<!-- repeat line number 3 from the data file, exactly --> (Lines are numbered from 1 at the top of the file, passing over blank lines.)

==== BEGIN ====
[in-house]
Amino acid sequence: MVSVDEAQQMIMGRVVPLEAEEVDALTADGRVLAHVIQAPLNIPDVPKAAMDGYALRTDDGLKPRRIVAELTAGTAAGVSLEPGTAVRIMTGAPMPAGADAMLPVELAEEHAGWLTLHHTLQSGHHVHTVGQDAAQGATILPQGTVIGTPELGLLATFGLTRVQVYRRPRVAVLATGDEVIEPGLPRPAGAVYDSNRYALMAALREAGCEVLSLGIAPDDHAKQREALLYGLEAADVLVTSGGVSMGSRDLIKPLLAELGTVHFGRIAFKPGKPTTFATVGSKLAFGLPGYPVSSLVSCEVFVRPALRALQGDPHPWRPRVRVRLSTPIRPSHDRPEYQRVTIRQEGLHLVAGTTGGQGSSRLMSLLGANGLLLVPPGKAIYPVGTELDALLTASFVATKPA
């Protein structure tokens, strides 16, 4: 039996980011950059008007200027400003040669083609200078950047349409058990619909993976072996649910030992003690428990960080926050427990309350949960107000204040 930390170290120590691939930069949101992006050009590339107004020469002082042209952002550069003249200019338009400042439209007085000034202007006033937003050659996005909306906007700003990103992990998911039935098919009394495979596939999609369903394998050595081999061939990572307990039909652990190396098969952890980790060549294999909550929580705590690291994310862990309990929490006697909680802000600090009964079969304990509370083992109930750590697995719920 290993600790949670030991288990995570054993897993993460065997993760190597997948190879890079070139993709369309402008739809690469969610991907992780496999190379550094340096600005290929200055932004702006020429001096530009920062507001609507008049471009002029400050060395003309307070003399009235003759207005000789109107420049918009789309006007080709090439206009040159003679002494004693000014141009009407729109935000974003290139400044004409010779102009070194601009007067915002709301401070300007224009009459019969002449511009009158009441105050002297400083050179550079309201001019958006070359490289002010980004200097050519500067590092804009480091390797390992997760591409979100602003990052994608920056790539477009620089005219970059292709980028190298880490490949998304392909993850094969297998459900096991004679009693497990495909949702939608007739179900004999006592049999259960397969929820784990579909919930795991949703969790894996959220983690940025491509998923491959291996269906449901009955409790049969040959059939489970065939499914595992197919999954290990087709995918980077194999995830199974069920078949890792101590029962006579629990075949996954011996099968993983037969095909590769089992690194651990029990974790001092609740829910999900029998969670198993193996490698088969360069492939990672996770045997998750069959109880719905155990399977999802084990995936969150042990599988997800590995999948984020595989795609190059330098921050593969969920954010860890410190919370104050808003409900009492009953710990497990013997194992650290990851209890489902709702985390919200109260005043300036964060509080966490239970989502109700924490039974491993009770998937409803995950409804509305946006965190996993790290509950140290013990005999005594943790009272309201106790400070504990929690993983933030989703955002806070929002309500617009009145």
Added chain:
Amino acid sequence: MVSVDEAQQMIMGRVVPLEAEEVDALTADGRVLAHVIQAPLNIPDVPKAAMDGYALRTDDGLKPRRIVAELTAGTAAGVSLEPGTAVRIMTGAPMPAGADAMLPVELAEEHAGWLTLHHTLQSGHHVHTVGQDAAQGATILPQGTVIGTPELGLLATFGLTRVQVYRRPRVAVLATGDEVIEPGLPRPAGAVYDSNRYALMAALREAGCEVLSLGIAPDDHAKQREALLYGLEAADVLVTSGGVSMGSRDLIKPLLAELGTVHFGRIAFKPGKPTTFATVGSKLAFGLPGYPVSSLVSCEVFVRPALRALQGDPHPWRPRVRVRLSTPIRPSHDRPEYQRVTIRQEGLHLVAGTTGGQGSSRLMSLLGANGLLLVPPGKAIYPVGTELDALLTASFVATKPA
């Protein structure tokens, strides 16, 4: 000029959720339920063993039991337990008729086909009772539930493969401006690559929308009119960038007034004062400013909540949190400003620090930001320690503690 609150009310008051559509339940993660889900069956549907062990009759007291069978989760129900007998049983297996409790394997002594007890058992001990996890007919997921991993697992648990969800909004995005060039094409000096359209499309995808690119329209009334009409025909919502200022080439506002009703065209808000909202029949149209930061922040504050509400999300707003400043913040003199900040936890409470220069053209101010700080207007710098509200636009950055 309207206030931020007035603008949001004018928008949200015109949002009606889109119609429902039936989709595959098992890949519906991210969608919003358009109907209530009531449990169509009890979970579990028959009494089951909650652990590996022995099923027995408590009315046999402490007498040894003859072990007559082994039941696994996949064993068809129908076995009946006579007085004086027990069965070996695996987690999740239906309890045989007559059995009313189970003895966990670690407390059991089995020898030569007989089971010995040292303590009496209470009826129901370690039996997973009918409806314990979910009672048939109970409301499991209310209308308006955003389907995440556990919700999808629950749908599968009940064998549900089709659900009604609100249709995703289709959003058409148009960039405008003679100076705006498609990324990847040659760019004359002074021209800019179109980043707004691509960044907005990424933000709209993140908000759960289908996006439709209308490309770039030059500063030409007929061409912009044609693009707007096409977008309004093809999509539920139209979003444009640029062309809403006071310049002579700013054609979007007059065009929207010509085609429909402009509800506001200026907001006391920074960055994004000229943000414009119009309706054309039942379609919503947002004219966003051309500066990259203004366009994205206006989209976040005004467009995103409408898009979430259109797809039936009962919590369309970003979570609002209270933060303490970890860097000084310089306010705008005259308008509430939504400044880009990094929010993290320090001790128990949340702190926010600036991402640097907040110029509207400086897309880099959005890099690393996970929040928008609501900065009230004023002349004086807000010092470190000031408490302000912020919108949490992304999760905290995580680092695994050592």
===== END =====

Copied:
């Protein structure tokens, strides 16, 4: 039996980011950059008007200027400003040669083609200078950047349409058990619909993976072996649910030992003690428990960080926050427990309350949960107000204040 930390170290120590691939930069949101992006050009590339107004020469002082042209952002550069003249200019338009400042439209007085000034202007006033937003050659996005909306906007700003990103992990998911039935098919009394495979596939999609369903394998050595081999061939990572307990039909652990190396098969952890980790060549294999909550929580705590690291994310862990309990929490006697909680802000600090009964079969304990509370083992109930750590697995719920 290993600790949670030991288990995570054993897993993460065997993760190597997948190879890079070139993709369309402008739809690469969610991907992780496999190379550094340096600005290929200055932004702006020429001096530009920062507001609507008049471009002029400050060395003309307070003399009235003759207005000789109107420049918009789309006007080709090439206009040159003679002494004693000014141009009407729109935000974003290139400044004409010779102009070194601009007067915002709301401070300007224009009459019969002449511009009158009441105050002297400083050179550079309201001019958006070359490289002010980004200097050519500067590092804009480091390797390992997760591409979100602003990052994608920056790539477009620089005219970059292709980028190298880490490949998304392909993850094969297998459900096991004679009693497990495909949702939608007739179900004999006592049999259960397969929820784990579909919930795991949703969790894996959220983690940025491509998923491959291996269906449901009955409790049969040959059939489970065939499914595992197919999954290990087709995918980077194999995830199974069920078949890792101590029962006579629990075949996954011996099968993983037969095909590769089992690194651990029990974790001092609740829910999900029998969670198993193996490698088969360069492939990672996770045997998750069959109880719905155990399977999802084990995936969150042990599988997800590995999948984020595989795609190059330098921050593969969920954010860890410190919370104050808003409900009492009953710990497990013997194992650290990851209890489902709702985390919200109260005043300036964060509080966490239970989502109700924490039974491993009770998937409803995950409804509305946006965190996993790290509950140290013990005999005594943790009272309201106790400070504990929690993983933030989703955002806070929002309500617009009145």